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Performance Issues 101

Every time I talk to leaders or managers about performance issues my first question is always "Are these people well supervised?" 95% of the time I find that that they are not and that's the cause of poor performance. Yet, we don't train people how to supervise their people but we brainwashed them with "DO NOT micromanage" so they don't do either. There is an in-between. 


Everyone needs guidance, direction, training, clear expectations, attention, a timeline, and 5 minutes of your time and when people don't get that they go and do what they want to or think is the best. These are the foundation of good performance and not necessarily training or competency acquisition. You can conduct every training under the sun if people are badly supervised you will be wasting your money. 


When there is poor performance don't address the employees, address the supervisors, managers, and leaders. Signs of poor supervision:


  • The cleaner is sitting in the toilet watching TikTok videos

  • Employees are making shortcuts impacting the outcome

  • Employees miss deadlines, or tasks are not completed at all or on time

  • Employees disappear and the manager has no idea where they are

  • Employees are left to get themselves organised

  • When there is a health and safety issue and nobody spotted it for a long time

  • When standards are not followed 

  • When documents are not updated

  • When supervisors, managers, or leaders are surprised by a comment they receive about their team


You get the drill, right? Most of the time poor supervision is the cause of poor performance. Mix that with the supervisor's, manager's or leader's lack of ability to plan, and think for their team and you are going to fail.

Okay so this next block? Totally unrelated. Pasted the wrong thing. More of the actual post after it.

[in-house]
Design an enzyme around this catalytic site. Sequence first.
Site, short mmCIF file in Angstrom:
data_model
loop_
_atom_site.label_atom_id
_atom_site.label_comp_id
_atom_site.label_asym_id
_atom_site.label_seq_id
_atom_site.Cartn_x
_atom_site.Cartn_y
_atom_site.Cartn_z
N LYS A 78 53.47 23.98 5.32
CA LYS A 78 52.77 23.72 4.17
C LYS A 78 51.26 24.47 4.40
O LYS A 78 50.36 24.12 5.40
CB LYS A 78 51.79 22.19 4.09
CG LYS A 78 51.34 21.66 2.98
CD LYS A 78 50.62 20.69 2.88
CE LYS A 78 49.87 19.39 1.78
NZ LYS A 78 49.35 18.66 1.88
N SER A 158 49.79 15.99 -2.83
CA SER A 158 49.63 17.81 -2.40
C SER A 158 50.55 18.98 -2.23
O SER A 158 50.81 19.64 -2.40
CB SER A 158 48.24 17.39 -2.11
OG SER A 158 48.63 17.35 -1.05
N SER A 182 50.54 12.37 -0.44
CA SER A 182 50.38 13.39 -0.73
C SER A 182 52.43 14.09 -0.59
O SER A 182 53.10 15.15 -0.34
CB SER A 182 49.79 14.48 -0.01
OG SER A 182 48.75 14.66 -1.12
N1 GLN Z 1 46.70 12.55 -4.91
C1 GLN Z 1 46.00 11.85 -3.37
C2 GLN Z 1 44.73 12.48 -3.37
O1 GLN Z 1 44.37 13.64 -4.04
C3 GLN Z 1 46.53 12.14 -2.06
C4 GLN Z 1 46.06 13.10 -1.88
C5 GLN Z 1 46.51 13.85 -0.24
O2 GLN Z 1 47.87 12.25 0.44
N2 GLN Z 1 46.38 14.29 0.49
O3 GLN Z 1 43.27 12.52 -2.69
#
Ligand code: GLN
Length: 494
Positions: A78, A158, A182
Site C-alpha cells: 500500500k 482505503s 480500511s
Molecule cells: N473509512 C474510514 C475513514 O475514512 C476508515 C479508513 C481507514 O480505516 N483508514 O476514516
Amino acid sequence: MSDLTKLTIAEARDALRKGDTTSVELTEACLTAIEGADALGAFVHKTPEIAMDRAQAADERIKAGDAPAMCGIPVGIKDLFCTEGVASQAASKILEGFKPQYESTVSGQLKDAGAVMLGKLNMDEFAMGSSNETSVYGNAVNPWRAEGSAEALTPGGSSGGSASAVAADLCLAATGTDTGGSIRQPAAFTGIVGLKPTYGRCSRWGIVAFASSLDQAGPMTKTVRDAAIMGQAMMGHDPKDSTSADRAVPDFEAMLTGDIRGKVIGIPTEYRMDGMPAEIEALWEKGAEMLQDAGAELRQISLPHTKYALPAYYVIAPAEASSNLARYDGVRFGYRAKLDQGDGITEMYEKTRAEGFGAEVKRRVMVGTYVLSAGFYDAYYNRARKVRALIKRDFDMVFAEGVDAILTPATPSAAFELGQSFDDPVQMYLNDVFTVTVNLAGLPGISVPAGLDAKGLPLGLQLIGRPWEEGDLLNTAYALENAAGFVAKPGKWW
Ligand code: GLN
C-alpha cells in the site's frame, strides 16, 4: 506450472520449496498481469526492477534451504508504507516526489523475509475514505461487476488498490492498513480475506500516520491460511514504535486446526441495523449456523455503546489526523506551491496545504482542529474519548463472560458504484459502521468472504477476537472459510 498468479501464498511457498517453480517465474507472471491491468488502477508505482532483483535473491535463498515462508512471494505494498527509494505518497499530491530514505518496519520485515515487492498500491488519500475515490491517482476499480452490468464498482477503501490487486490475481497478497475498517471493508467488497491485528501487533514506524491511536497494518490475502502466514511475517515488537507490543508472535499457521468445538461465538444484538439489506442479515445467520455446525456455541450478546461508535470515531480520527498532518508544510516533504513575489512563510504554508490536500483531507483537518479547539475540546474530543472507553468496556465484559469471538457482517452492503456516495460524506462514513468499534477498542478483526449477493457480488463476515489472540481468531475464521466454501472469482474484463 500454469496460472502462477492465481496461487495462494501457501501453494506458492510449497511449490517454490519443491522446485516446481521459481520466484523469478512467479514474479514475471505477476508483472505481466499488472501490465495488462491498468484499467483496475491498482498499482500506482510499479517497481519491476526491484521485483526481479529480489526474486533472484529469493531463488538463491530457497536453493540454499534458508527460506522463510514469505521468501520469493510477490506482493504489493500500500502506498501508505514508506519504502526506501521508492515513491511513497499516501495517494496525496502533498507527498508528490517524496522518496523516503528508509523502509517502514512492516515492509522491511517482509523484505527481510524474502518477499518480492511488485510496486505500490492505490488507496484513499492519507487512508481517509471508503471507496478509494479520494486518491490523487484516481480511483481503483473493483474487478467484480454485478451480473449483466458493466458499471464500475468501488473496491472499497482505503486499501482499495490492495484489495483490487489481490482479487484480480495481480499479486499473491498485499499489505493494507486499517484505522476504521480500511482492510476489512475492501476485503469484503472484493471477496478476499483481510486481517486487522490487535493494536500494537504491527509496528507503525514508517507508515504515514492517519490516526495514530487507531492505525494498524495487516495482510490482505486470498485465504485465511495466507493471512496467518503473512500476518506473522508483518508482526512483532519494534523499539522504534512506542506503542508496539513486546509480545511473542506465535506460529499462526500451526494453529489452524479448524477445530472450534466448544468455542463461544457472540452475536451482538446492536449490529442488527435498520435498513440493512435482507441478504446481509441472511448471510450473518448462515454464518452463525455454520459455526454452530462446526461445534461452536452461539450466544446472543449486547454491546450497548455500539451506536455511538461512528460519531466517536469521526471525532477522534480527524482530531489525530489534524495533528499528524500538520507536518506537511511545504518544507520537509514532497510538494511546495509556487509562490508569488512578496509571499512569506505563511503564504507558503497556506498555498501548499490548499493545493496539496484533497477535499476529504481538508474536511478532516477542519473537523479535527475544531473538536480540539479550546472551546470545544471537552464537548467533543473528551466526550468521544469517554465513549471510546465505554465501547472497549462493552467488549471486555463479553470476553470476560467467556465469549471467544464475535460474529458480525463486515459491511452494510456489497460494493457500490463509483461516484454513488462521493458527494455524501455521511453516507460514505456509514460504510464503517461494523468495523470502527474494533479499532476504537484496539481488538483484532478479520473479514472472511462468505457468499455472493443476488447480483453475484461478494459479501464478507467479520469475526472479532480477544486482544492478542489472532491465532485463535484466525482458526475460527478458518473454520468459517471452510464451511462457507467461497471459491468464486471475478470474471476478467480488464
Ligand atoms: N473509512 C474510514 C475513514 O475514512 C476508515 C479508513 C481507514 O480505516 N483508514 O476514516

You might think, "Hold on, it is micromanagement" but that's just not true. Micromanagement is excessive supervision - where managers feel the need to control aspects of their employees' work & decision-making to an extreme degree - more than is necessary or healthy for a usual working relationship. I am not talking about that, I am talking about your people not doing their job and you standing by either not noticing it or not addressing it. 


Here is an example as it always works for me:

  • The beach in the resort is dirty because the sea washes rubbish ashore. I speak to the person whose job is to keep it clean. Of course, there is a story of why it is not clean so I say, "Can we make sure you come down here twice a day and clean it?" Then I go and check once a day EVERY DAY, and make sure the person knows by reporting back with feedback. I report when it is dirty and report when it is clean and say well done. I only had to do this for three consecutive days and on day four, as I walked towards the beach the person walked to me saying "Im cleaning the lounges and I am heading to the beach after that." My response was, "You are amazing". That's it! I do the same when I train people on something new or when I implement something because I know that they will not start doing things because I trained them. They will start doing things because they are supervised. 


People will perform under attention because we all want to be seen and it gives you the perfect opportunity to address their challenges as they eventually start talking to you if there is a valid reason why they cannot do their job according to the required standard. 


There is no performance where there is no supervision. Where do you think the saying "If you don't measure it, it won't get done" comes from? It is the same principle. And if you supervise well and people still don't perform you move into official performance management and deal with the person accordingly. 


Keep your eyes on your employees because as a supervisor, manager or leader that is the job. They will appreciate it trust me. 


Exciting news! My second book, "Blind Leading the Disengaged - From Kindergarten to Employee Experience," is dropping in April! It's a treasure trove of solutions and cool ideas to shake up your people management game. But before we get there, let's chat about where we're at now—The Corporate Kindergarten, as I spilt the beans in my first book. Check it out, and let's transform your workplace from a daycare to an awesome employee experience hub!:




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